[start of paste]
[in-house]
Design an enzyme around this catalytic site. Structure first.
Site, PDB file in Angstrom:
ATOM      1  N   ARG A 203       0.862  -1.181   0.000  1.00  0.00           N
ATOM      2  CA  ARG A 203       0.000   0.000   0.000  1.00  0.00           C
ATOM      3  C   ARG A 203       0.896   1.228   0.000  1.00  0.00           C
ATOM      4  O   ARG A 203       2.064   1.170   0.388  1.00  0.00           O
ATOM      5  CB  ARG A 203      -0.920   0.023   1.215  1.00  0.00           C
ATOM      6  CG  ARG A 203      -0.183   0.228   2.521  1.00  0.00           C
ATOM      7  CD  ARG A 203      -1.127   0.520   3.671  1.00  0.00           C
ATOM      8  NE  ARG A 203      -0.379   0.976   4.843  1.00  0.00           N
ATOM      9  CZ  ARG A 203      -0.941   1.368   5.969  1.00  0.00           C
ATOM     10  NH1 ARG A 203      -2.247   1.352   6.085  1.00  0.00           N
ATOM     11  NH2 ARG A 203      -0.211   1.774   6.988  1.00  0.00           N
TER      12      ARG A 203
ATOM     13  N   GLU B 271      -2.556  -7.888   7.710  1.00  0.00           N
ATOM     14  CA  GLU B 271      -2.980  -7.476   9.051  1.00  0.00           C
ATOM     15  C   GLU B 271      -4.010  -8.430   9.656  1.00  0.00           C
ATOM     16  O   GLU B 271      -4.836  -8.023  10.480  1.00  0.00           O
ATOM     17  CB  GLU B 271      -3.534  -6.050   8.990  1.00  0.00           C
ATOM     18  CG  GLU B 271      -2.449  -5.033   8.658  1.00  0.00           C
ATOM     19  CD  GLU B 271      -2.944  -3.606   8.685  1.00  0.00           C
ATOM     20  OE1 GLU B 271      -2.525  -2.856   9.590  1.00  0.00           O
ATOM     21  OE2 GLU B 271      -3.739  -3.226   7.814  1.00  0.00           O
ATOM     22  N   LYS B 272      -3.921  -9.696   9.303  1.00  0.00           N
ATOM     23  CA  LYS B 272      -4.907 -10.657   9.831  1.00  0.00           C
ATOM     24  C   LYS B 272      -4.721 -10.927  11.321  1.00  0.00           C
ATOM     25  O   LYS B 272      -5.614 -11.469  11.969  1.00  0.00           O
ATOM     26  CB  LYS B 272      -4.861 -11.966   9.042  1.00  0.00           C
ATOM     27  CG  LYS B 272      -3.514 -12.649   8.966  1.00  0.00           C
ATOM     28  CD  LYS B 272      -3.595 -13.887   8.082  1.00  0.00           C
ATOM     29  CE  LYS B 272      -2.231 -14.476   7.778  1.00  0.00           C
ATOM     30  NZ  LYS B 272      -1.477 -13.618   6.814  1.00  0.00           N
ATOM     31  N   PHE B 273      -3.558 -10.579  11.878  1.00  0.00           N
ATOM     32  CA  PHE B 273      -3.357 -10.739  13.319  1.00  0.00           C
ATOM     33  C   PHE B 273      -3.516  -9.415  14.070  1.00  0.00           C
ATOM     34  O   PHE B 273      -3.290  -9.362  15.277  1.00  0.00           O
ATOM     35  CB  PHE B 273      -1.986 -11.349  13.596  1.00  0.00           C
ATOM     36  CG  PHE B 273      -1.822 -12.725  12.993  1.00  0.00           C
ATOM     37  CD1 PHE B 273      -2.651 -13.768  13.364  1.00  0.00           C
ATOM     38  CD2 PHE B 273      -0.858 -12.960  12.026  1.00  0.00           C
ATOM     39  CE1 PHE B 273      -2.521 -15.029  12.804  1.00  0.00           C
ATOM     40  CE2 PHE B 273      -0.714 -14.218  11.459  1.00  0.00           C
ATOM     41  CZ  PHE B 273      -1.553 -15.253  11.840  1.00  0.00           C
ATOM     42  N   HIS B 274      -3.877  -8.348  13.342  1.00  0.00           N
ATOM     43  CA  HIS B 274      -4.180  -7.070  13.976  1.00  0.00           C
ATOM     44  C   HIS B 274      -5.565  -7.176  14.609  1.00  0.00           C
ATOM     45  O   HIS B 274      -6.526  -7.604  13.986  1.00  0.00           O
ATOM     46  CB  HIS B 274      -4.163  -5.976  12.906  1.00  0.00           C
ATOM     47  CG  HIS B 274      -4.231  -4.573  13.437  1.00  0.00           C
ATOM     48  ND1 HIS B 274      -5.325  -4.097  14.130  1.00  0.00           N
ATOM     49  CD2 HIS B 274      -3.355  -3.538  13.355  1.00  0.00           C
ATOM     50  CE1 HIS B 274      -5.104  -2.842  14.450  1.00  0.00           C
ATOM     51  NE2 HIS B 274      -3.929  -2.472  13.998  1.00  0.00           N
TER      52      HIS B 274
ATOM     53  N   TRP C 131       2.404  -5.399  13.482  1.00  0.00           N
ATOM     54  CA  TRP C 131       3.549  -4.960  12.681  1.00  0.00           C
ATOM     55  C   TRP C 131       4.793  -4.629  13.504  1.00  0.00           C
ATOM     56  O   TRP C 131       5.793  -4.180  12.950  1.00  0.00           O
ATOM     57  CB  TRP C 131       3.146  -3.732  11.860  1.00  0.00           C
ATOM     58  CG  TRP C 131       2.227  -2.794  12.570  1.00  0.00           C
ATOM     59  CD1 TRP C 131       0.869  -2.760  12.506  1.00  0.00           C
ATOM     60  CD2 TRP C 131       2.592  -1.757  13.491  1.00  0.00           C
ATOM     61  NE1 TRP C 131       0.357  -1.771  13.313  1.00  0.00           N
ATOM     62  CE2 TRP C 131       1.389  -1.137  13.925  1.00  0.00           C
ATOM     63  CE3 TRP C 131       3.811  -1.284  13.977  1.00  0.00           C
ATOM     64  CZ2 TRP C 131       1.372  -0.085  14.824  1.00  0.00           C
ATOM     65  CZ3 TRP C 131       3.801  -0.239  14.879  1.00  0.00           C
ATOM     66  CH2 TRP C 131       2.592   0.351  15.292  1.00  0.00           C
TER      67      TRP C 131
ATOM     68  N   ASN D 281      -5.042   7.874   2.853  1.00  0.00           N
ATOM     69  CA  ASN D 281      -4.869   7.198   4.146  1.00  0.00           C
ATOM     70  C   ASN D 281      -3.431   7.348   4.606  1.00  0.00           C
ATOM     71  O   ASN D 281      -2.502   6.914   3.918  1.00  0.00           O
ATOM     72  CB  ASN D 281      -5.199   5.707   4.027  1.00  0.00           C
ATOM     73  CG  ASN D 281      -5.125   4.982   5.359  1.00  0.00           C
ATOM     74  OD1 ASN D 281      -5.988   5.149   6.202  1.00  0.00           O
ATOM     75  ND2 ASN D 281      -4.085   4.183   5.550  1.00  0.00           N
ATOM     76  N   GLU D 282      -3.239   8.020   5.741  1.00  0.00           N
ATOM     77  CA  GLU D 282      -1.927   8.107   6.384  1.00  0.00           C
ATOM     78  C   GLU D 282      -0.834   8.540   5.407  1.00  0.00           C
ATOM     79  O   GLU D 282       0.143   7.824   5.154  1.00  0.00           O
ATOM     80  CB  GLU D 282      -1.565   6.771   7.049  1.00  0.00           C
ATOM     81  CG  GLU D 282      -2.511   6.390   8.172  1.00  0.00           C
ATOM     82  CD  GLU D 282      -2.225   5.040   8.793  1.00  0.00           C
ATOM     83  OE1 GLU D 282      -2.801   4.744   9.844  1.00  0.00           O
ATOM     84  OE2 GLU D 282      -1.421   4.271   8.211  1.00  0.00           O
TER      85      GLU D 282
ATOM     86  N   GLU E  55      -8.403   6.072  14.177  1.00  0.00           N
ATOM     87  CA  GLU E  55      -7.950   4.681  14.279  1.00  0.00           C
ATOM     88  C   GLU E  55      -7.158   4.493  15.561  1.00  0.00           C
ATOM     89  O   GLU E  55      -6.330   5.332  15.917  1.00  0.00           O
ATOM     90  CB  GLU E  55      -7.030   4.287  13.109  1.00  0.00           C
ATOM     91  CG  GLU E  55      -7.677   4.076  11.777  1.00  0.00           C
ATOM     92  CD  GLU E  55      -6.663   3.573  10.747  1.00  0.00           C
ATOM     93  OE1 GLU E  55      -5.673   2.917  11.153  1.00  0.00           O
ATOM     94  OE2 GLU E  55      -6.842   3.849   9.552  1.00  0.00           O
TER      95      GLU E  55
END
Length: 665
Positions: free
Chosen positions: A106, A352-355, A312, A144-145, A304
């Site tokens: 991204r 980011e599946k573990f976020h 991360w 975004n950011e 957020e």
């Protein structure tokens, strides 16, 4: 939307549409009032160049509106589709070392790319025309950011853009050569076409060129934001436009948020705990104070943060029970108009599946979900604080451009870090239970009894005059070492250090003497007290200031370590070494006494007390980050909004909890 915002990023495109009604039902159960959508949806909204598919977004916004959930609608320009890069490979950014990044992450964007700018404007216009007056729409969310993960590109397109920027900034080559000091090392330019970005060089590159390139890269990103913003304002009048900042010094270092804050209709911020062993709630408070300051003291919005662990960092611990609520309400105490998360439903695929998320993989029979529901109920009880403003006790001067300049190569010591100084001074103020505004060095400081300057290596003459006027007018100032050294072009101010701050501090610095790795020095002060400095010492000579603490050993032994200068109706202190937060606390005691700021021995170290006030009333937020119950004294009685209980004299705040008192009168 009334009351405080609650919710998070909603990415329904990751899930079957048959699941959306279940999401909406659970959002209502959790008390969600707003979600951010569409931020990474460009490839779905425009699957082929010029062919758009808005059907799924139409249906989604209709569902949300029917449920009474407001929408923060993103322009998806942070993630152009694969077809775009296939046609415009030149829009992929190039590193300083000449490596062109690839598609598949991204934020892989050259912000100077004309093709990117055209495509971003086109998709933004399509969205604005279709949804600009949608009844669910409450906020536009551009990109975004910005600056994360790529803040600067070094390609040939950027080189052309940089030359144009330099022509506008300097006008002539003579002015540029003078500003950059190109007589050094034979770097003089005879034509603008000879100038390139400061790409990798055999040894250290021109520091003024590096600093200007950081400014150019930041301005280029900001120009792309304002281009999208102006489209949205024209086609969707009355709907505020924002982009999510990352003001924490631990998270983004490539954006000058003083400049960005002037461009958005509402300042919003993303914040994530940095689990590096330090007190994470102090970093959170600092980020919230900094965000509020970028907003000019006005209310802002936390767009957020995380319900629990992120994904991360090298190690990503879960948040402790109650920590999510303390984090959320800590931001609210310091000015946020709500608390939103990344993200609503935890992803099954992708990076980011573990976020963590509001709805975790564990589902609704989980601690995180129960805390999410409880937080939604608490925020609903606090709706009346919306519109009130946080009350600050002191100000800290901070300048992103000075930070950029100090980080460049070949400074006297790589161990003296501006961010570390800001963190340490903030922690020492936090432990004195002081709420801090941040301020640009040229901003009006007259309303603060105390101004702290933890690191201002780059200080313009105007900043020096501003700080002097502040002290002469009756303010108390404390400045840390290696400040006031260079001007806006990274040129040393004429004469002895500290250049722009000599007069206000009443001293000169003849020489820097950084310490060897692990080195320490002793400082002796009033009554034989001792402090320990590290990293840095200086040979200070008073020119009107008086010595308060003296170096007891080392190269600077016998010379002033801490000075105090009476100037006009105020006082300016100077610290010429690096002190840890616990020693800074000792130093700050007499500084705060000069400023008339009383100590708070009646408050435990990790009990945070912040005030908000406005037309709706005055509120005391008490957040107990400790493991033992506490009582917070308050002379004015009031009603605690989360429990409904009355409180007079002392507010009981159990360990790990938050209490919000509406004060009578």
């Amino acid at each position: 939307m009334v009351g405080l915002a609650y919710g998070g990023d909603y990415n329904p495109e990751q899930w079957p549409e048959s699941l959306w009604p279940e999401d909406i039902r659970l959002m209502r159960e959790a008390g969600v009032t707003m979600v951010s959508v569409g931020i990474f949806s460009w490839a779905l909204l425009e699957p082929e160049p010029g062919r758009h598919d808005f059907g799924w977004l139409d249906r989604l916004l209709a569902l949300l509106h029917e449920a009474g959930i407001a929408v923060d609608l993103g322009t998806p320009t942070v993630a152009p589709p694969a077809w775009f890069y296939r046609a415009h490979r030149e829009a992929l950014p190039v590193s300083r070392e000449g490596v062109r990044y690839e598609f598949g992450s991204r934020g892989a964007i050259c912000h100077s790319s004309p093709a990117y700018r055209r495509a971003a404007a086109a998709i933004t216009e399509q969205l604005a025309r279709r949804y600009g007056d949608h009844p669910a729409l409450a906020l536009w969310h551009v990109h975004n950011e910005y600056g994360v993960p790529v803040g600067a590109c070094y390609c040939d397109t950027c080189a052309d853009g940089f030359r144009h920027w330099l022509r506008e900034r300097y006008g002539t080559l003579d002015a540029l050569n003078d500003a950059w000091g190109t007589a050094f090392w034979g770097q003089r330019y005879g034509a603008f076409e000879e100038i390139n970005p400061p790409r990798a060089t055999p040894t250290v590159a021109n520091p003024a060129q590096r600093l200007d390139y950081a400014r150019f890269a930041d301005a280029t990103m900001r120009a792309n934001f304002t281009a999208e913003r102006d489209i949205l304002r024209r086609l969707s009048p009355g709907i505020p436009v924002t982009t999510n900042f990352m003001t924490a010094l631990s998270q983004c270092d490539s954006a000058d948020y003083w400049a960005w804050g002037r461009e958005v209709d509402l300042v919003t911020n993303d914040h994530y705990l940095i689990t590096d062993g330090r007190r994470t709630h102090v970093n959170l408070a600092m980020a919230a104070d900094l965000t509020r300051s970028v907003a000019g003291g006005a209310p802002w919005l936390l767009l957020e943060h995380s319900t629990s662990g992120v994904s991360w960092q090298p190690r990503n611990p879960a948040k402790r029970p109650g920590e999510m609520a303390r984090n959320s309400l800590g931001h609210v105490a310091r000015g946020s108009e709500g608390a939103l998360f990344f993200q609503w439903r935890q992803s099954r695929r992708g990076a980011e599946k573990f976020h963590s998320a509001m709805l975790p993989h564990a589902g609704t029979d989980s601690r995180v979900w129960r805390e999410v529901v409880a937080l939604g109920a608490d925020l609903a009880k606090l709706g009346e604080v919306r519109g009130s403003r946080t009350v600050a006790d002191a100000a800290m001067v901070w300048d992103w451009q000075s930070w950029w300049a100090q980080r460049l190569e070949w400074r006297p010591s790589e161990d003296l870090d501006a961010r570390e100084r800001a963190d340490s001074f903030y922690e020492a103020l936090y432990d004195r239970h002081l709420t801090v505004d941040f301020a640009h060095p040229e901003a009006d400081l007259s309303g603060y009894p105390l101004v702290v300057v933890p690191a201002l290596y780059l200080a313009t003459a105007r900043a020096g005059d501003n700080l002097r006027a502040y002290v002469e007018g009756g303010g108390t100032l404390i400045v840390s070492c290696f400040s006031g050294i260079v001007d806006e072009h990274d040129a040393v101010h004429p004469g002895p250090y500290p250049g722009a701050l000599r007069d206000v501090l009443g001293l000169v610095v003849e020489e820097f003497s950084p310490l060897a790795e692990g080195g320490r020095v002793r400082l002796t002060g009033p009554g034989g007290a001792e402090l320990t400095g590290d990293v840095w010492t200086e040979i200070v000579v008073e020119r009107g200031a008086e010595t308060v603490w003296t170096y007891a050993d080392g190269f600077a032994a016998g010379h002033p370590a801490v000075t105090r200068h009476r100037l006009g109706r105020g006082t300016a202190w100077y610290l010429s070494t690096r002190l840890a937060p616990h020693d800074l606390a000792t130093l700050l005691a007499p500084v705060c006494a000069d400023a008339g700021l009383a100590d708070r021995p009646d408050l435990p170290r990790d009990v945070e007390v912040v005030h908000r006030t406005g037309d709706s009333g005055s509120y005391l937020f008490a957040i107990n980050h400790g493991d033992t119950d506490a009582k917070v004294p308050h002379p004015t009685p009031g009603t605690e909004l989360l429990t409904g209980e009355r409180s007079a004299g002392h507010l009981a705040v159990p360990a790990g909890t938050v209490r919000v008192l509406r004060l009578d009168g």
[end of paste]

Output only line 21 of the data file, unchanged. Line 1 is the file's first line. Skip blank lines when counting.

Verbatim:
ATOM     18  CG  GLU B 271      -2.449  -5.033   8.658  1.00  0.00           C